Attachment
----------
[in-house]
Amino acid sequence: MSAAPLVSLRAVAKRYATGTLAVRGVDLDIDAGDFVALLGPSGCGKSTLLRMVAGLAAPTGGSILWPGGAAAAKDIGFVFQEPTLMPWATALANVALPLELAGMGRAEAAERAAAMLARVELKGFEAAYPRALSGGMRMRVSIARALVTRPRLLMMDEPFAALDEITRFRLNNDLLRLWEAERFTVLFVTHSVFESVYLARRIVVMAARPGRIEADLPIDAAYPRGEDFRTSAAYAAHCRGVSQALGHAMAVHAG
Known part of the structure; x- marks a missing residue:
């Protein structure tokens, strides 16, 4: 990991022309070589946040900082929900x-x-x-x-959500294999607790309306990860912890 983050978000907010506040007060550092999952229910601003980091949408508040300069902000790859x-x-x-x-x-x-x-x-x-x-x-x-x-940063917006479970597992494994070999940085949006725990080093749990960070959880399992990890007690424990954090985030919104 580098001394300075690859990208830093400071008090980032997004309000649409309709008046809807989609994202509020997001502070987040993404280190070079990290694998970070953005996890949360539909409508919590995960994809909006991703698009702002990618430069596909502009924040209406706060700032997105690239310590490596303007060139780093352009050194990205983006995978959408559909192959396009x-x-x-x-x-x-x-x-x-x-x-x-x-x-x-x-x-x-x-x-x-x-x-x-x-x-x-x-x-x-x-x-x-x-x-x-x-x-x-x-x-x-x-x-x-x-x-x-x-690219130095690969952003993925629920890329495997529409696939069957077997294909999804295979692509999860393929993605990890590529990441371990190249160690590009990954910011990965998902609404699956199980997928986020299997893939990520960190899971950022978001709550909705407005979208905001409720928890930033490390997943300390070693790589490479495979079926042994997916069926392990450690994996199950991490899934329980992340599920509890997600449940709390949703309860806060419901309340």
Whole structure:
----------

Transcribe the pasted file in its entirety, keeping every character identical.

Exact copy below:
[in-house]
Amino acid sequence: MSAAPLVSLRAVAKRYATGTLAVRGVDLDIDAGDFVALLGPSGCGKSTLLRMVAGLAAPTGGSILWPGGAAAAKDIGFVFQEPTLMPWATALANVALPLELAGMGRAEAAERAAAMLARVELKGFEAAYPRALSGGMRMRVSIARALVTRPRLLMMDEPFAALDEITRFRLNNDLLRLWEAERFTVLFVTHSVFESVYLARRIVVMAARPGRIEADLPIDAAYPRGEDFRTSAAYAAHCRGVSQALGHAMAVHAG
Known part of the structure; x- marks a missing residue:
């Protein structure tokens, strides 16, 4: 990991022309070589946040900082929900x-x-x-x-959500294999607790309306990860912890 983050978000907010506040007060550092999952229910601003980091949408508040300069902000790859x-x-x-x-x-x-x-x-x-x-x-x-x-940063917006479970597992494994070999940085949006725990080093749990960070959880399992990890007690424990954090985030919104 580098001394300075690859990208830093400071008090980032997004309000649409309709008046809807989609994202509020997001502070987040993404280190070079990290694998970070953005996890949360539909409508919590995960994809909006991703698009702002990618430069596909502009924040209406706060700032997105690239310590490596303007060139780093352009050194990205983006995978959408559909192959396009x-x-x-x-x-x-x-x-x-x-x-x-x-x-x-x-x-x-x-x-x-x-x-x-x-x-x-x-x-x-x-x-x-x-x-x-x-x-x-x-x-x-x-x-x-x-x-x-x-690219130095690969952003993925629920890329495997529409696939069957077997294909999804295979692509999860393929993605990890590529990441371990190249160690590009990954910011990965998902609404699956199980997928986020299997893939990520960190899971950022978001709550909705407005979208905001409720928890930033490390997943300390070693790589490479495979079926042994997916069926392990450690994996199950991490899934329980992340599920509890997600449940709390949703309860806060419901309340």
Whole structure: